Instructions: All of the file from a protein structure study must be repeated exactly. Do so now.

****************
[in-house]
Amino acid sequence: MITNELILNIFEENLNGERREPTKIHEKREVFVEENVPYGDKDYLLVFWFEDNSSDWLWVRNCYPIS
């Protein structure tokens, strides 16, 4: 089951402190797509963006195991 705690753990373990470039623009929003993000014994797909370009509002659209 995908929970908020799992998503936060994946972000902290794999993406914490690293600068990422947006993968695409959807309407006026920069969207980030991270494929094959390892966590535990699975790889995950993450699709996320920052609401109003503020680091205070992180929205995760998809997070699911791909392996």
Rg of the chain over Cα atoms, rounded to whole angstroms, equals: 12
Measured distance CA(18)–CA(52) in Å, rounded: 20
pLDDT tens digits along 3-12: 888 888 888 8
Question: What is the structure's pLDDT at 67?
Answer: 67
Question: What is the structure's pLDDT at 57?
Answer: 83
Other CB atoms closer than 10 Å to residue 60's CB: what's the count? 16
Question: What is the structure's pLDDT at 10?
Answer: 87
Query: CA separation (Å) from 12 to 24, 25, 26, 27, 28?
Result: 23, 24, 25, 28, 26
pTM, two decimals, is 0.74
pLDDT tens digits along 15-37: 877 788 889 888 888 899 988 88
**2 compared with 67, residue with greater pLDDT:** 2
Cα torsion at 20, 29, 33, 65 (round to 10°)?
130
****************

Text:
[in-house]
Amino acid sequence: MITNELILNIFEENLNGERREPTKIHEKREVFVEENVPYGDKDYLLVFWFEDNSSDWLWVRNCYPIS
């Protein structure tokens, strides 16, 4: 089951402190797509963006195991 705690753990373990470039623009929003993000014994797909370009509002659209 995908929970908020799992998503936060994946972000902290794999993406914490690293600068990422947006993968695409959807309407006026920069969207980030991270494929094959390892966590535990699975790889995950993450699709996320920052609401109003503020680091205070992180929205995760998809997070699911791909392996």
Rg of the chain over Cα atoms, rounded to whole angstroms, equals: 12
Measured distance CA(18)–CA(52) in Å, rounded: 20
pLDDT tens digits along 3-12: 888 888 888 8
Question: What is the structure's pLDDT at 67?
Answer: 67
Question: What is the structure's pLDDT at 57?
Answer: 83
Other CB atoms closer than 10 Å to residue 60's CB: what's the count? 16
Question: What is the structure's pLDDT at 10?
Answer: 87
Query: CA separation (Å) from 12 to 24, 25, 26, 27, 28?
Result: 23, 24, 25, 28, 26
pTM, two decimals, is 0.74
pLDDT tens digits along 15-37: 877 788 889 888 888 899 988 88
**2 compared with 67, residue with greater pLDDT:** 2
Cα torsion at 20, 29, 33, 65 (round to 10°)?
130